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Medicaid’s Spend Down – Don’t Get Caught Short (Part 2)

Last week we were discussing Jeff’s difficulties spending down his mom’s remaining assets, not getting caught with too much at the end of the month to qualify for Medicaid, but not enough to cover the private pay rate.  So how does one avoid this Medicaid “trap”?

As we approached the final few months before the targeted Medicaid pickup date, we needed to project all expenses and income each month.  Knowing that Medicaid        allows the prepayment of funeral expenses, Jeff had wanted to set up an irrevocable burial months ago but I had told him, “not yet”.

I wanted him to wait till the last month or so, because then we would know how much he would need to commit to a funeral.  If, for example, Mom has $20,000 left in her bank account and Jeff purchases a prepaid burial for $7500, after paying the nursing home another $10,000 he’ll have $4000 left, not enough for another month at the private pay rate and too much to qualify for Medicaid.  Jeff was puzzled at my calculations until I reminded him of Mom’s income of $1500 per month.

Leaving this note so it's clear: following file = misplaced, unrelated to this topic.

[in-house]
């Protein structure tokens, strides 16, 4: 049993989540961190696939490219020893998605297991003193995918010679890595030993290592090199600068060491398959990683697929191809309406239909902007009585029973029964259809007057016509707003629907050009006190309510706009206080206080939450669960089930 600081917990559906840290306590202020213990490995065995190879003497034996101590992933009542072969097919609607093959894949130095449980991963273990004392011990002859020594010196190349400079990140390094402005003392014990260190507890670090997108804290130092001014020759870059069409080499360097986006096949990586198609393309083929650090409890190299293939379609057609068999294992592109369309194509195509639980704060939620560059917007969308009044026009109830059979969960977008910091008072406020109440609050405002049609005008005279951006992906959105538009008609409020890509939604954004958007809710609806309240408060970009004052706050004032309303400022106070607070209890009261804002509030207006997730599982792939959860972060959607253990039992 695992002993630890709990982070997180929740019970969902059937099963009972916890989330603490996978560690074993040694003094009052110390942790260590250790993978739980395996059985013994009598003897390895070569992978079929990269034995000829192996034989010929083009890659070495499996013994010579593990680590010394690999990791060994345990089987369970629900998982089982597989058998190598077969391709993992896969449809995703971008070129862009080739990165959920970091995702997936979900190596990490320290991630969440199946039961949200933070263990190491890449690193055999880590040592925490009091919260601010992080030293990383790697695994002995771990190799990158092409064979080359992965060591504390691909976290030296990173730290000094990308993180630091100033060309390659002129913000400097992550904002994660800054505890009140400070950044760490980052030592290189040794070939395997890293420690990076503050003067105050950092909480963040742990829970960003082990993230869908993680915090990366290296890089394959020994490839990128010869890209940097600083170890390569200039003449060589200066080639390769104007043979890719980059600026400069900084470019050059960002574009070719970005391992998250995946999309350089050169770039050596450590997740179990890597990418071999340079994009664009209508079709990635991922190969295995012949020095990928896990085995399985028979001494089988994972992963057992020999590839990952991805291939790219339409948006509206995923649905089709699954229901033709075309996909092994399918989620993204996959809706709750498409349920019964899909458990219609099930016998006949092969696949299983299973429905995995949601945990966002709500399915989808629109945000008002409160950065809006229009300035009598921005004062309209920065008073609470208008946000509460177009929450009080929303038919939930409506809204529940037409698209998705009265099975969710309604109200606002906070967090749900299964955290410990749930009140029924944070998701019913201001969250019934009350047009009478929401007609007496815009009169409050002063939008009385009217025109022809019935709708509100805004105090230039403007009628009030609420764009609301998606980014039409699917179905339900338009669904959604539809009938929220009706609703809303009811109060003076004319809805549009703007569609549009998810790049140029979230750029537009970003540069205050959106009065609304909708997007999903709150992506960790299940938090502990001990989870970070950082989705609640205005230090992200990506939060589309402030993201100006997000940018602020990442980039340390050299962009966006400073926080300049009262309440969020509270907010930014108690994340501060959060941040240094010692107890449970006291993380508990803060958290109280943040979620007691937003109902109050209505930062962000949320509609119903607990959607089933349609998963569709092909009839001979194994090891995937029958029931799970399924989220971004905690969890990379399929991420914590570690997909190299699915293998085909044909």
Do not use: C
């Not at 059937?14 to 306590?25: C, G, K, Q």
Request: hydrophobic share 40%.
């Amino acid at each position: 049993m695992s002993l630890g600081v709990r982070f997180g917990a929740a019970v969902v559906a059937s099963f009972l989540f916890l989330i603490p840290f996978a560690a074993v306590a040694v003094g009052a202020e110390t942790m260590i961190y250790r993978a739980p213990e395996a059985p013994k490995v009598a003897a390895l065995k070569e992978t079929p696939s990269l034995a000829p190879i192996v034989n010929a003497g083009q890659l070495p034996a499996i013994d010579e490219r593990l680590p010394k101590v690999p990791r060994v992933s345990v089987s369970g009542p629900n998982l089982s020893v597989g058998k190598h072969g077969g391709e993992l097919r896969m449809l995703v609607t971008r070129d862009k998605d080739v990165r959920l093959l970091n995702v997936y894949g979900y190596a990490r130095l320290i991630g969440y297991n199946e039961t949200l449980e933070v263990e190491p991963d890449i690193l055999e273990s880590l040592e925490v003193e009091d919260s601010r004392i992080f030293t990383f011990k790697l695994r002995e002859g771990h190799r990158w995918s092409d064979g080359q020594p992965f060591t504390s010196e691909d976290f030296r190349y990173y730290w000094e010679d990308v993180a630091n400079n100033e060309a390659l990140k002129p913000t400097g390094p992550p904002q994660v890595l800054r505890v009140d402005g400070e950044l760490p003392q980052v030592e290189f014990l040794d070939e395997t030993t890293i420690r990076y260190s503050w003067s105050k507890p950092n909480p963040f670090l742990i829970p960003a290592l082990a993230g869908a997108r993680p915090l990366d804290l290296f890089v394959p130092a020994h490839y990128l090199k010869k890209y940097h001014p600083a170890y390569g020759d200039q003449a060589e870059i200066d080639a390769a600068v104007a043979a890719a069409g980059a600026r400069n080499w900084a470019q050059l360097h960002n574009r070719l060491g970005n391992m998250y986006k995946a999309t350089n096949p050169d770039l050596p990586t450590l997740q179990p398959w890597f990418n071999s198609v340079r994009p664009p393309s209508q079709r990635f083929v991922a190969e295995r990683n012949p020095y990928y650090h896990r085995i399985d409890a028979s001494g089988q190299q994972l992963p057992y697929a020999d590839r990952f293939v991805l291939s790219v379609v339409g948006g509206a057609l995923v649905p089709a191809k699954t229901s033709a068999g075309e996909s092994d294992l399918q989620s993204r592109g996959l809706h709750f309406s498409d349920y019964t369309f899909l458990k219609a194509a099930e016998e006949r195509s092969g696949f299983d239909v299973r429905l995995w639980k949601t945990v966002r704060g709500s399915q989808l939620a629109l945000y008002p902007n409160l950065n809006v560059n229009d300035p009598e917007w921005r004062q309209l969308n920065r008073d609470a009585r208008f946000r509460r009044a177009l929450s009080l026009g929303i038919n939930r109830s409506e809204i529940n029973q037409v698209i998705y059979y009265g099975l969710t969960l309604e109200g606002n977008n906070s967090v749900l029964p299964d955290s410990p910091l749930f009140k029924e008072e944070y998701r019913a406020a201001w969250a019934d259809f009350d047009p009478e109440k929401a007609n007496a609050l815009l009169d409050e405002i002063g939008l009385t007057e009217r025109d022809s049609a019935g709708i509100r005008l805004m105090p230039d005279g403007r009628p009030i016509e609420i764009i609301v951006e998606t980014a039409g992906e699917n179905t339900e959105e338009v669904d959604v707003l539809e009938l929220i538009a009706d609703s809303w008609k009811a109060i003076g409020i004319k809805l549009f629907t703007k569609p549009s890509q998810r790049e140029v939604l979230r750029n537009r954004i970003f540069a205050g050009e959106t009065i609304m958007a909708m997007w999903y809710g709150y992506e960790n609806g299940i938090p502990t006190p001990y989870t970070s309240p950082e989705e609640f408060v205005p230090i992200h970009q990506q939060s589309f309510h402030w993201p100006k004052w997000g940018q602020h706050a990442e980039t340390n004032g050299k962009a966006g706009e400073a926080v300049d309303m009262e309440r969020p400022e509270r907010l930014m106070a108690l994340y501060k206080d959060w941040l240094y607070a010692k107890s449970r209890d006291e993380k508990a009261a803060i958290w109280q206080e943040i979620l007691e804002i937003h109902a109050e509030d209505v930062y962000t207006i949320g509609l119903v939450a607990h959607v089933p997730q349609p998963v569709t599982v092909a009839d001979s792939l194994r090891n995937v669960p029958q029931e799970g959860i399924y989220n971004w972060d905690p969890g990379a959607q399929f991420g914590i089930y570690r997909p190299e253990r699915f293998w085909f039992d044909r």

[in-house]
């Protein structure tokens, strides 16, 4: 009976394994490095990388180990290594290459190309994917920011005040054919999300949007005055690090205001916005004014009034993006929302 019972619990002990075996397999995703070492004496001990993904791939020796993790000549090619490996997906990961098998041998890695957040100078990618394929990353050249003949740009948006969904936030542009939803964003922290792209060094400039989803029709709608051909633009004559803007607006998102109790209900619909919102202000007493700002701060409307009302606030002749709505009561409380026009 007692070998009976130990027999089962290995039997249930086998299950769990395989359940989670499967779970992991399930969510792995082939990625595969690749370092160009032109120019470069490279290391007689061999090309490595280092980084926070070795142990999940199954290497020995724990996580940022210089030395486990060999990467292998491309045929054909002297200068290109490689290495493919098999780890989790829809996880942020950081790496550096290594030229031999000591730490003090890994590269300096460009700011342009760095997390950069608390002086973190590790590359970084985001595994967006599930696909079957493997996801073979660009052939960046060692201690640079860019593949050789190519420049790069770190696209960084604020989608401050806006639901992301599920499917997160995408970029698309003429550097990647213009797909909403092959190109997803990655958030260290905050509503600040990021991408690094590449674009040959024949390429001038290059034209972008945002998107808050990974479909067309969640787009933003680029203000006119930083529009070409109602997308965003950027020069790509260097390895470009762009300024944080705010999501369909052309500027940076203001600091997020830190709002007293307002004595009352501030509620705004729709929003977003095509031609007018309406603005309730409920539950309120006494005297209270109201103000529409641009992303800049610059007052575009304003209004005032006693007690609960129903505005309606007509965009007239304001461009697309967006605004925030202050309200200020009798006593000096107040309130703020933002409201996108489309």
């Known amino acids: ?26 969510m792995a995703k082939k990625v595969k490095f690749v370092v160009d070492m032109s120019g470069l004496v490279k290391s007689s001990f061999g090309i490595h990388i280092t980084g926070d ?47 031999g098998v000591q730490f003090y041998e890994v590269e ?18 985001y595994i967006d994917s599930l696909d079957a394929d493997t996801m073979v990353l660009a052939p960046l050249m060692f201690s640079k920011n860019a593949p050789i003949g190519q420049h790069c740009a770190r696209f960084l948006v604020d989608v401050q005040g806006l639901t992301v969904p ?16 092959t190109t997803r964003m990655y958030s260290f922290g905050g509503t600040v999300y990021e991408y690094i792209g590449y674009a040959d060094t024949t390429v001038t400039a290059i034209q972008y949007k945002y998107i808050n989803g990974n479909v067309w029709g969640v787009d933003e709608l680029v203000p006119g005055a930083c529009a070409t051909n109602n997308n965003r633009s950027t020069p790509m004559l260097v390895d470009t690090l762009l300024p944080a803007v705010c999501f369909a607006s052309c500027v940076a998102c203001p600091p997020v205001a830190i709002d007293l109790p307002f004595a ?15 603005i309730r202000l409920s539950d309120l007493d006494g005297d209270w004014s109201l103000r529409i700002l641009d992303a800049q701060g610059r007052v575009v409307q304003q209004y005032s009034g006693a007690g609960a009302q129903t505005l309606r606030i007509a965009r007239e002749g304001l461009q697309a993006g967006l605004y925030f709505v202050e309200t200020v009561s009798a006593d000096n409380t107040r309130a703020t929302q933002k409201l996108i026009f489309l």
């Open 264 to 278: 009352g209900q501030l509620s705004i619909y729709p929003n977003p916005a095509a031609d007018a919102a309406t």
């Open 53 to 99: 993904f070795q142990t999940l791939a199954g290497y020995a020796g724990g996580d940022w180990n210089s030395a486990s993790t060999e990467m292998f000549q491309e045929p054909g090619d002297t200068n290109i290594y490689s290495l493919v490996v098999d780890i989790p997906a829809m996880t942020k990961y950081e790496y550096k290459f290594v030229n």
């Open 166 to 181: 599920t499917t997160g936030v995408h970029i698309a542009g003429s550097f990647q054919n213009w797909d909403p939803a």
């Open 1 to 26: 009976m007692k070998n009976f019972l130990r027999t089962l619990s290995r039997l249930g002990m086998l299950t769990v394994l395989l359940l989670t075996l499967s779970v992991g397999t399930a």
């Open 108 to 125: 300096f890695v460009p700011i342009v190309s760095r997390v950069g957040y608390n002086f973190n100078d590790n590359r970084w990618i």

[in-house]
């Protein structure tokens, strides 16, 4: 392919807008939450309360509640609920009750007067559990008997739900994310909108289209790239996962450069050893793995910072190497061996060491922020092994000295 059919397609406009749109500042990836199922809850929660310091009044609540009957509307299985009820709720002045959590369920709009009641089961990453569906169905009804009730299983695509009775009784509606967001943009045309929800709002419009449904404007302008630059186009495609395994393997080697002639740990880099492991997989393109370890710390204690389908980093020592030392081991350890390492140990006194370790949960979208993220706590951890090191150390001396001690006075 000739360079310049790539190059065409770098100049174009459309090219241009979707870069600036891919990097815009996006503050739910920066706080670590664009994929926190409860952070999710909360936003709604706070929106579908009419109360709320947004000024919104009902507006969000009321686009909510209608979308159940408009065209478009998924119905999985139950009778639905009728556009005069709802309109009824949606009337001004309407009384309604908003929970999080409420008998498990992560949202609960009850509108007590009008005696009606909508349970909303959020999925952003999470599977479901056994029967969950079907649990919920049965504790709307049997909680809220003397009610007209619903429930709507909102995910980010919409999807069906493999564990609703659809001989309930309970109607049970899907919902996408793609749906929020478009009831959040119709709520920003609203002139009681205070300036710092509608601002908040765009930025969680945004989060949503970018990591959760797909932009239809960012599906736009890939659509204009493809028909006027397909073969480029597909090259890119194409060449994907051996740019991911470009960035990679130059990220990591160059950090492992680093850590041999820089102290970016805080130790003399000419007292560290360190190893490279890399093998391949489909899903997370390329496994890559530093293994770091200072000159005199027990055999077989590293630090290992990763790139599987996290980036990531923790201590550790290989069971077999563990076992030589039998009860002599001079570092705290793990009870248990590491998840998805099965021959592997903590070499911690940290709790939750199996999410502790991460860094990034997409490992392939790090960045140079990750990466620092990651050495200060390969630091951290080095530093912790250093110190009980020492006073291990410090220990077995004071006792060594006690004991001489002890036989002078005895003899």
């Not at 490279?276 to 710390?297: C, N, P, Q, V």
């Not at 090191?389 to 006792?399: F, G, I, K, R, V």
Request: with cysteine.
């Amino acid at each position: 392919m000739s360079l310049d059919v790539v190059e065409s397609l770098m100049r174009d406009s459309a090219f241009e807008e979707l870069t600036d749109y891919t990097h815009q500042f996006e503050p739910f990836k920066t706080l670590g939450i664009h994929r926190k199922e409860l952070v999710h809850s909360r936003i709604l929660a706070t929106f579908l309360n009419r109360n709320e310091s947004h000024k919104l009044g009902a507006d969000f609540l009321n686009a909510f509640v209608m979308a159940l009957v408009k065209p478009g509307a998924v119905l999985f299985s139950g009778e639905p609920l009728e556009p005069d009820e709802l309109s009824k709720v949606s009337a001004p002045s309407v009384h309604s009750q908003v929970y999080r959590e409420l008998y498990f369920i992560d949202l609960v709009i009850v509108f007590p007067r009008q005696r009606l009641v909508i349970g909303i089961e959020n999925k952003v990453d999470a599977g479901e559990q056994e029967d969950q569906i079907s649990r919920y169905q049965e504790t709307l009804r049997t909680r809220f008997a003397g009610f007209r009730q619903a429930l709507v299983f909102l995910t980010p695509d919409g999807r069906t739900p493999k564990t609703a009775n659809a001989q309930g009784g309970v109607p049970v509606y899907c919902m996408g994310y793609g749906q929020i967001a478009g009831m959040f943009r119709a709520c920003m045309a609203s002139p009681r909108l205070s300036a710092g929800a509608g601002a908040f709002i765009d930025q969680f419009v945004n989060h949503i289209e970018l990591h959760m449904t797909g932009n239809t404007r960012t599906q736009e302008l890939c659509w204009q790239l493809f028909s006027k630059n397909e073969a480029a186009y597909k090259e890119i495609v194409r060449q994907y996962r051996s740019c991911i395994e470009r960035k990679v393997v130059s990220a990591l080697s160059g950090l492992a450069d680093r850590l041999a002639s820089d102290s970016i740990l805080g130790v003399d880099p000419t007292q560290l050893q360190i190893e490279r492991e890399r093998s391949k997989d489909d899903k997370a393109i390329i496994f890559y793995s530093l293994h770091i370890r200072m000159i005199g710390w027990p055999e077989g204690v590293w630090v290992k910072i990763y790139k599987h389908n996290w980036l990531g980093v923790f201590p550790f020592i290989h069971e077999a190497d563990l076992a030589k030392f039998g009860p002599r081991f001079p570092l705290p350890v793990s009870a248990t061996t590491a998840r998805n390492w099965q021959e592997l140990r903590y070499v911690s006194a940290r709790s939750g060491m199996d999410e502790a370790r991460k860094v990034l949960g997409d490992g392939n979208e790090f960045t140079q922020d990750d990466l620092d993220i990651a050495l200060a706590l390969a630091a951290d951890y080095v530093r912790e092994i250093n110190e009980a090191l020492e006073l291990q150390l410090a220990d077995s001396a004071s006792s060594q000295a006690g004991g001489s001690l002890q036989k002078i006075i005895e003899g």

I explained to Jeff that the prepaid burial plan is an irrevocable one.  Once you put funds in, you can’t take them back out if you decide later you put too much in.  You also can’t put a lump sum in and then decide later how the money will be spent.  You must make the choices of funeral services and write a check – in the exact amount – payable to the trust.  But, there is no limit to how much you can put into this irrevocable trust.  That flexibility is why I wanted Jeff to wait till we know the exact amount we need to spend down.  Of course, we had to also be aware of any other outstanding bills, such as medical co-pays, that might be incurred.  It all would affect our calculations.

Jeff was thankful for our guidance.  He thought it would be as easy as getting Mom’s bank account under $2000 and filing the application.  He didn’t understand the timing element.  He certainly didn’t want to get another $10,000 bill from the nursing home that he couldn’t pay.  The nursing home was also happy to know that there would be a smooth transition from private pay to Medicaid, something that doesn’t always happen.  They were thrilled that we handling the Medicaid application.